Maine Approves Proposal for Statewide Network of Public Defenders Offices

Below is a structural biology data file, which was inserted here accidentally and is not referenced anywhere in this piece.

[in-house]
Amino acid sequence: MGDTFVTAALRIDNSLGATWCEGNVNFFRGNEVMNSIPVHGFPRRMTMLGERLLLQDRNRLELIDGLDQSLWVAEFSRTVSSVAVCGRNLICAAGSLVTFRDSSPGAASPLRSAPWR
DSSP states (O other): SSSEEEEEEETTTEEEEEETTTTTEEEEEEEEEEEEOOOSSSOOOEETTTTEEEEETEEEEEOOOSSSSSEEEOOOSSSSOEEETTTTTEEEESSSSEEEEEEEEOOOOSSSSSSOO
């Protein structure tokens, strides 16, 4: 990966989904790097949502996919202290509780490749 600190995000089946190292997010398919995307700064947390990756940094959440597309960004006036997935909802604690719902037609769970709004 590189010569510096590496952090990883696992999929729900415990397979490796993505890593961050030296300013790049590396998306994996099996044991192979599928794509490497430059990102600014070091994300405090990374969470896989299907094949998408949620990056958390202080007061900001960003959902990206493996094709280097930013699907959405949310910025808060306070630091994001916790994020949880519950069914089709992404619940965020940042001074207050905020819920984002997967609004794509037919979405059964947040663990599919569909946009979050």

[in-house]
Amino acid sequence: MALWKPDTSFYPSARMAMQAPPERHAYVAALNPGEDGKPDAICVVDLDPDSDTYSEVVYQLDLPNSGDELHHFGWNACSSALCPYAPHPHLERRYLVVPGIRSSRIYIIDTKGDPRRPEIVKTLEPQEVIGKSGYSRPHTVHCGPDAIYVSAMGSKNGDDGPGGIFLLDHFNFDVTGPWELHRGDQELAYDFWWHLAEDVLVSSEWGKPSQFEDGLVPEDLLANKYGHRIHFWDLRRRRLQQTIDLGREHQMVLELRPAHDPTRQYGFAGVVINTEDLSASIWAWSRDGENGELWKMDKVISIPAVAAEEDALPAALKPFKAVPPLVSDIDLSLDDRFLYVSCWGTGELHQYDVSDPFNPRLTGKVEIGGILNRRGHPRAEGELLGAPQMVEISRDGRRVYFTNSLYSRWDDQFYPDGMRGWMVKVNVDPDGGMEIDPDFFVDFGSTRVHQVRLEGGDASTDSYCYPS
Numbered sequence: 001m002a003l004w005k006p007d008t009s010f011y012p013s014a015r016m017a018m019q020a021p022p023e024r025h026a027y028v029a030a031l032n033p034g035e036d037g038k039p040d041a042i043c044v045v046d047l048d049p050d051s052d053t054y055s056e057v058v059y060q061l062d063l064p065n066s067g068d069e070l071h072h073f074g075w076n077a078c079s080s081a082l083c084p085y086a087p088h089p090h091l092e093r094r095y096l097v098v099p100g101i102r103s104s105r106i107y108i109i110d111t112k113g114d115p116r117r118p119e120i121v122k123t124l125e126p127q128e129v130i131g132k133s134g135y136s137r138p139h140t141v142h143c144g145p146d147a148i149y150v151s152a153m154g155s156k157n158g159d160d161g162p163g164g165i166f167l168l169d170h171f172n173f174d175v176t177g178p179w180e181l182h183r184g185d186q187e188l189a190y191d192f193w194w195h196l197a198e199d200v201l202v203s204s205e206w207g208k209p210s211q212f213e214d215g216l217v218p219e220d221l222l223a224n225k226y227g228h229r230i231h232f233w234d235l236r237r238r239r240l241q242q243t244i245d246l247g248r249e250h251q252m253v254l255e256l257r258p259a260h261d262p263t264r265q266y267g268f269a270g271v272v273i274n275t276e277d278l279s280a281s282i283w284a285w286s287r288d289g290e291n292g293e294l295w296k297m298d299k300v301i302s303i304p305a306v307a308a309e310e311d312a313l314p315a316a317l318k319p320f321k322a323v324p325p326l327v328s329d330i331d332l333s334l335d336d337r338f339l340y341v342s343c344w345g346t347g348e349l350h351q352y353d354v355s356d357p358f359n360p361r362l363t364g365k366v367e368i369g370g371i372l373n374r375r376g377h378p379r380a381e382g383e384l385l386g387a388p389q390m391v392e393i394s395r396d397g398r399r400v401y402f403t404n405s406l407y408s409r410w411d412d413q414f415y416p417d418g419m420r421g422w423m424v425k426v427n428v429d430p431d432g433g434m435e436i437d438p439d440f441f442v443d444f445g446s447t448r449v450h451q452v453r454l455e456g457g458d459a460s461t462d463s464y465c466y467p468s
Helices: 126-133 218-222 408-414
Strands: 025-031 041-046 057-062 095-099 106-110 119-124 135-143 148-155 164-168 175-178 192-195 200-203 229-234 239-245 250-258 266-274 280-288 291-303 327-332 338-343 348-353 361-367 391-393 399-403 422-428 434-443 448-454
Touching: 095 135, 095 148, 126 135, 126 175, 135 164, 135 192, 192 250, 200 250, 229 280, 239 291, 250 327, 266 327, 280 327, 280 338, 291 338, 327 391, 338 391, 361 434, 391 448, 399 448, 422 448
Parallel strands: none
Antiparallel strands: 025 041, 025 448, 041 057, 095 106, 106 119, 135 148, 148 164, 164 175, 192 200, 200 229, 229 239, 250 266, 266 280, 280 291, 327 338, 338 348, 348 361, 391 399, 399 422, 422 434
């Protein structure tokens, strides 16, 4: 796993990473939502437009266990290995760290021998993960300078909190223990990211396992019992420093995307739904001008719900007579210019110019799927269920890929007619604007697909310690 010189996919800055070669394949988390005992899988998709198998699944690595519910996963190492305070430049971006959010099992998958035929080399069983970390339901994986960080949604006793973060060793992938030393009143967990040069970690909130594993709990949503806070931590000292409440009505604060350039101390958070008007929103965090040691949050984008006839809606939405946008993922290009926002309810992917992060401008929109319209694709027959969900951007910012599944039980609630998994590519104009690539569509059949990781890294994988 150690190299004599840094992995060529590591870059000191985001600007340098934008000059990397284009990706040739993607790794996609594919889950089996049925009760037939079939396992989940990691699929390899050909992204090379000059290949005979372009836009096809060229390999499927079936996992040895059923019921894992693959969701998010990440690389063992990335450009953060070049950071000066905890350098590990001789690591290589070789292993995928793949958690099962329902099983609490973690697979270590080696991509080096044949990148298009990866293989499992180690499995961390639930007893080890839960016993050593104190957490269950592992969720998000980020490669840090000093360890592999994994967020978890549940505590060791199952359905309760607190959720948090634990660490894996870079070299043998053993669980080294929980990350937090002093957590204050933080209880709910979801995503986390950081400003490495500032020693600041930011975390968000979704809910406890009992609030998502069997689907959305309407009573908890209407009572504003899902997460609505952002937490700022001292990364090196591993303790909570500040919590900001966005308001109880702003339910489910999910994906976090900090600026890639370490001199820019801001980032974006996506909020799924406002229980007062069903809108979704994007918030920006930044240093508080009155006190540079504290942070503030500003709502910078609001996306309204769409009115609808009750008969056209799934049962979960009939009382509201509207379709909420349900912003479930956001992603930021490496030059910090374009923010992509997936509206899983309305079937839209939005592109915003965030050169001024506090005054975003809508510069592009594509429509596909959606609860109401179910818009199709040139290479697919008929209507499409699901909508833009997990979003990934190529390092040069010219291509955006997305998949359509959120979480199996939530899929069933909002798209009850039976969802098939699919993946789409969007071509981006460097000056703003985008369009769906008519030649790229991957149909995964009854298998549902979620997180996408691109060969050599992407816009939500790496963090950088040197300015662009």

Officials at the Maine Commission on Indigent Legal Services (MCILS) have offered initial approval for an $8.8 million proposal that would create a statewide network of public defender offices, reports Samantha Hogan for the Maine Monitor. The proposed expansion would enable the hiring of more than three dozen public defenders and mostly mirror the state’s existing prosecutorial districts. The proposal comes as Maine faces a critical shortage of available criminal defense lawyers and a backlog of hundreds of cases. Until recently, Maine was the only state in the nation without state public defenders, relying instead on court-appointed lawyers contracted with MCILS whose numbers continue to dwindle. Current estimates suggest MCILS will save money in most counties by opening full-time public defender offices instead of continuing to rely on contracted private defense lawyers.

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